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Tuesday, December 14, 2004

Peggy McCracken

Squarely Pegged

By Peggy McCracken

Cothruns owned
jewelry store

My question last week about who owned Crescent Jewelry in the 1970s brought back memories for some of you, and I got at least a partial answer. Cecil and Ruth Cothrun were the original owners, and they sold out to Joann Beauchamp in the mid-70s. Dian Reed says another lady owned it after Joann. Now I am wondering who that was.

Cecil Cothrun was much in the news when I was a cub reporter and managing editor. I ran across his name in a column I wrote while managing editor. It doesn’t have a date, but I see from the masthead on the back that the late John Pitts was on the Enterprise staff. That would have been during my second term as managing editor, in the mid-70s.

You may recall that Cecil Cothrun was county commissioner for Precinct 4 before Bernardo Martinez came along and dethroned him. He made my column that particular day because he was roaming the halls passing out campaign cards for the late Wendell Faulkner. Streaking was much in the news those days, and the photo shows Wendell, clad only in a helmet, streaking down the street on his tricycle.

Bill Youngblood tried for Wendell’s commissioner post that year, on the Republican ticket. His daughter, Kathy Paschall, told me recently that Bill still lives in Monahans. His health is not the greatest.

Now I have a new question for you this week. Since Texas A&M has been making the news by negotiating for the test track southeast of Pecos, my curiosity has been stirred. I know Smithers was the last owner of the track (they donated it to the Pecos Economic Development Corporation), but who was the first owner?

If you want to know something about A&M’s plans, you might want to check out the PEDC website at . Go to the bottom of the page and click on a link to “Southwest Center for Transportation Research and Testing.” It is a .pdf document, and may take awhile to load if you have a telephone hookup to the Internet.

Mike Burkholder has played a large part in attracting this venture, and I am so glad he is piloting the PEDC. I can tell from reading the document that negotiations are complicated. Mike is just the guy who can handle it.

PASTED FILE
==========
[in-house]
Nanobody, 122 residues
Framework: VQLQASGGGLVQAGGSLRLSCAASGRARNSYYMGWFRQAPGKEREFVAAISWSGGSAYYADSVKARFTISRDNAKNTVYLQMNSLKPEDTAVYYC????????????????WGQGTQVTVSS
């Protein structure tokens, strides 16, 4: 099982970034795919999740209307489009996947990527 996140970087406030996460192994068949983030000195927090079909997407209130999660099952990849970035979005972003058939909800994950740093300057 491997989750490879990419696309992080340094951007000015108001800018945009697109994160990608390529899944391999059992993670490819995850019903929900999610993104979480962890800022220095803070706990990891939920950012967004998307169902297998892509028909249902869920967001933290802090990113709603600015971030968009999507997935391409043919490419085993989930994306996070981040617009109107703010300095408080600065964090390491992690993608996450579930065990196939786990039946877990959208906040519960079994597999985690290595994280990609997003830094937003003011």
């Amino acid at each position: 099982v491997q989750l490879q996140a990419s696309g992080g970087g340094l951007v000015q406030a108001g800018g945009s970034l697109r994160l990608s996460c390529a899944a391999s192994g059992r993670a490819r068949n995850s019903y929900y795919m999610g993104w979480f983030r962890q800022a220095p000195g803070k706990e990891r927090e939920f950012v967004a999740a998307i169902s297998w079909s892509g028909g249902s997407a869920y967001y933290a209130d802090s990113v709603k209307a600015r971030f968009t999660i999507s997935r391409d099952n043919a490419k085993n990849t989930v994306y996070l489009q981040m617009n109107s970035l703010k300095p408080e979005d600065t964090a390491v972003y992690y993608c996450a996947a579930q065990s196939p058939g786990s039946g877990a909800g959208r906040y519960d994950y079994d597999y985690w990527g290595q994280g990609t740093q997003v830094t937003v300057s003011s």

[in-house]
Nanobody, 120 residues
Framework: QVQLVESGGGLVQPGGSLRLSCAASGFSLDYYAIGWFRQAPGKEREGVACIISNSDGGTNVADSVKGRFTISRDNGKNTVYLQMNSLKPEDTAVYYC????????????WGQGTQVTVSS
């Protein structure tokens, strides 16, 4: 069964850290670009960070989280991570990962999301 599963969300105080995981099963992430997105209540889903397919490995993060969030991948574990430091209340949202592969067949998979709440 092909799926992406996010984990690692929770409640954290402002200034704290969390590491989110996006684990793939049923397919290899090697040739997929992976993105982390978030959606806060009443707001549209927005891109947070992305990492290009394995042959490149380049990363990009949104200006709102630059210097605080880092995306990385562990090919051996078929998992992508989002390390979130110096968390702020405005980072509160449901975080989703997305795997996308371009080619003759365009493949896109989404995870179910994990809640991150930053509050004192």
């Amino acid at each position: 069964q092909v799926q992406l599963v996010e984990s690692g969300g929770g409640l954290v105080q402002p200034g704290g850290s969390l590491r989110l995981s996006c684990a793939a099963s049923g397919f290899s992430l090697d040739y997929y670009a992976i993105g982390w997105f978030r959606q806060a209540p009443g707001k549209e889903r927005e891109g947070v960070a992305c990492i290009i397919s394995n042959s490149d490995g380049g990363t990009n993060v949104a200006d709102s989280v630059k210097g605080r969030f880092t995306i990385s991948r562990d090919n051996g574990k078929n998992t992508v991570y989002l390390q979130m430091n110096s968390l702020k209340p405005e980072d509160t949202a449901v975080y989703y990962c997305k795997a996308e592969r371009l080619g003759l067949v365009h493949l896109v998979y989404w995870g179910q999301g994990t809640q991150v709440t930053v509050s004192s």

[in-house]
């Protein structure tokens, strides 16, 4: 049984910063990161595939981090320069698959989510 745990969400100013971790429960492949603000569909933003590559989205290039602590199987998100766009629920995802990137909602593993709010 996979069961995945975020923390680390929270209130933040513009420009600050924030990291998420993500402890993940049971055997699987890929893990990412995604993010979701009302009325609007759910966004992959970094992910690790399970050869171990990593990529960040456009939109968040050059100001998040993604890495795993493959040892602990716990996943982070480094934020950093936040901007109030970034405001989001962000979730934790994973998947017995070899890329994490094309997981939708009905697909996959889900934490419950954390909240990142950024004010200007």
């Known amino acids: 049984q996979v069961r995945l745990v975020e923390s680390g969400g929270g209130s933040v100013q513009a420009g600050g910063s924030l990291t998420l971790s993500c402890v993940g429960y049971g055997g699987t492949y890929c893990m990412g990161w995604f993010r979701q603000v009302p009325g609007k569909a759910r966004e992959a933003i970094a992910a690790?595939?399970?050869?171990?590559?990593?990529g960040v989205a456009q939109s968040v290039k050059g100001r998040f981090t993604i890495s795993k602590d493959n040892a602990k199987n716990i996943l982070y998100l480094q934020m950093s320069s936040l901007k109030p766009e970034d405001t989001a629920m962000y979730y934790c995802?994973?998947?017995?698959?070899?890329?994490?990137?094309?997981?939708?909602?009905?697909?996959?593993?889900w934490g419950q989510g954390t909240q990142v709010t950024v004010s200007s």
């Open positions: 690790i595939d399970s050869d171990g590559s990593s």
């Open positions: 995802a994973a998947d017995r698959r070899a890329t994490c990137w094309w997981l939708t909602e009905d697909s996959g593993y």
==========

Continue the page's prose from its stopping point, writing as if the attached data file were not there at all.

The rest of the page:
Pecos has been in the pits, and this is one step up. Our prayers are being answered.

“He redeems my life from the pit and crowns me with love and compassion.” Psalm 103:4, NIV

Your View

A few remaining days in Pecos

We have few remaining days in Pecos. I could thank some for their kindness, or further castigate any number of folks for their foolishness. However, freshman Congressman Mike Conaway, of the newly outlined 11th Congressional District, inspires me to pass along a more constructive comment.

According to Mr. Conaway, lawmakers cannot read every bill that comes before them. He explains that, “Some of these bills are thousands of pages long”.

I would remind Mr. Conaway that, once those thousand-page bills become law, WE must comply with every word of them.

Our problems are not Democrat versus Republican or conservative versus liberal. It’s not even religious versus secular. It’s the current disconnect that exists between the rulers and the ruled. It exists from lowest local level all the way to the highest offices of the nation. It’s manifest in our required subservience to a myriad of laws nobody has time to read.

Like nuclear fission, the laws themselves reproduce exponentially over time. Each word, of each new law, will impact some citizen or someone’s business. Like a nuclear reactor with every control rod removed, eventually the disconnect will reach a critical mass…a society where every aspect of conduct which is not prohibited will become compulsory.

Like nuclear energy, man’s desire for freedom cannot be contained. We need just laws, just as a reactor needs appropriate control rods. We allow over-regulation and confinement of our freedoms at our peril.

On December 15th, we will mark the 213th anniversary of the ratification of the first ten Amendments to the United States Constitution…our Bill of Rights. Only the Ten Commandments are more succinct. They are models of perfect legislation.

You will always be in our prayers that you will only know peace and that you will find wise and just leaders.

Dr. and Mrs. John Libbie

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